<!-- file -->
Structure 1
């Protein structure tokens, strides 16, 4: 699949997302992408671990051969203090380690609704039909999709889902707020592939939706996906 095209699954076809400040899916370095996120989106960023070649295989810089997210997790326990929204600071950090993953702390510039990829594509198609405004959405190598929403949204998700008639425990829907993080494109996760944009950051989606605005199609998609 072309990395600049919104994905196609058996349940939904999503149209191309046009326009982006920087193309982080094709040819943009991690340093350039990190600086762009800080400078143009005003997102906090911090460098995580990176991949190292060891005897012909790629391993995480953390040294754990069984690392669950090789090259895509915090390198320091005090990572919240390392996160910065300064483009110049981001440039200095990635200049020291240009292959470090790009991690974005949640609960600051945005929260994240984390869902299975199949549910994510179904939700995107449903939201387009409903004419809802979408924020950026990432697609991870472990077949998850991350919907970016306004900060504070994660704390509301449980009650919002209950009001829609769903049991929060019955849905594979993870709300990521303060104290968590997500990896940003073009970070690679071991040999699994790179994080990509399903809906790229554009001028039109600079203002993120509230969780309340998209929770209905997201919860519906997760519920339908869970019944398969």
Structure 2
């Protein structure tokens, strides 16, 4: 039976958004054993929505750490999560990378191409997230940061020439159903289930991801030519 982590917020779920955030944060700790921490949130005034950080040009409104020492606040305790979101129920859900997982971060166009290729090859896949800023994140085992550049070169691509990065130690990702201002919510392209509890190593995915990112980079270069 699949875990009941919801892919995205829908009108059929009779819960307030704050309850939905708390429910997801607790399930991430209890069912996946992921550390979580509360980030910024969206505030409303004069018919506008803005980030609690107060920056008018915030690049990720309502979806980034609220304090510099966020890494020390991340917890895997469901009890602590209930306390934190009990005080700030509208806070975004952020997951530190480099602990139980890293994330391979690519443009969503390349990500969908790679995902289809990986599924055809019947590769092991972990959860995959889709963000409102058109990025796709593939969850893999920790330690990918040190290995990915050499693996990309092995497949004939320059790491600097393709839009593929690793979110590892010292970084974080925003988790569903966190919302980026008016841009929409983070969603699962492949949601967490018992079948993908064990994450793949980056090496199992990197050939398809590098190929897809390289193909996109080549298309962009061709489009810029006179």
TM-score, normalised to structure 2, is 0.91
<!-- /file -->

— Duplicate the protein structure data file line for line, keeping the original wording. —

Structure 1
């Protein structure tokens, strides 16, 4: 699949997302992408671990051969203090380690609704039909999709889902707020592939939706996906 095209699954076809400040899916370095996120989106960023070649295989810089997210997790326990929204600071950090993953702390510039990829594509198609405004959405190598929403949204998700008639425990829907993080494109996760944009950051989606605005199609998609 072309990395600049919104994905196609058996349940939904999503149209191309046009326009982006920087193309982080094709040819943009991690340093350039990190600086762009800080400078143009005003997102906090911090460098995580990176991949190292060891005897012909790629391993995480953390040294754990069984690392669950090789090259895509915090390198320091005090990572919240390392996160910065300064483009110049981001440039200095990635200049020291240009292959470090790009991690974005949640609960600051945005929260994240984390869902299975199949549910994510179904939700995107449903939201387009409903004419809802979408924020950026990432697609991870472990077949998850991350919907970016306004900060504070994660704390509301449980009650919002209950009001829609769903049991929060019955849905594979993870709300990521303060104290968590997500990896940003073009970070690679071991040999699994790179994080990509399903809906790229554009001028039109600079203002993120509230969780309340998209929770209905997201919860519906997760519920339908869970019944398969």
Structure 2
């Protein structure tokens, strides 16, 4: 039976958004054993929505750490999560990378191409997230940061020439159903289930991801030519 982590917020779920955030944060700790921490949130005034950080040009409104020492606040305790979101129920859900997982971060166009290729090859896949800023994140085992550049070169691509990065130690990702201002919510392209509890190593995915990112980079270069 699949875990009941919801892919995205829908009108059929009779819960307030704050309850939905708390429910997801607790399930991430209890069912996946992921550390979580509360980030910024969206505030409303004069018919506008803005980030609690107060920056008018915030690049990720309502979806980034609220304090510099966020890494020390991340917890895997469901009890602590209930306390934190009990005080700030509208806070975004952020997951530190480099602990139980890293994330391979690519443009969503390349990500969908790679995902289809990986599924055809019947590769092991972990959860995959889709963000409102058109990025796709593939969850893999920790330690990918040190290995990915050499693996990309092995497949004939320059790491600097393709839009593929690793979110590892010292970084974080925003988790569903966190919302980026008016841009929409983070969603699962492949949601967490018992079948993908064990994450793949980056090496199992990197050939398809590098190929897809390289193909996109080549298309962009061709489009810029006179």
TM-score, normalised to structure 2, is 0.91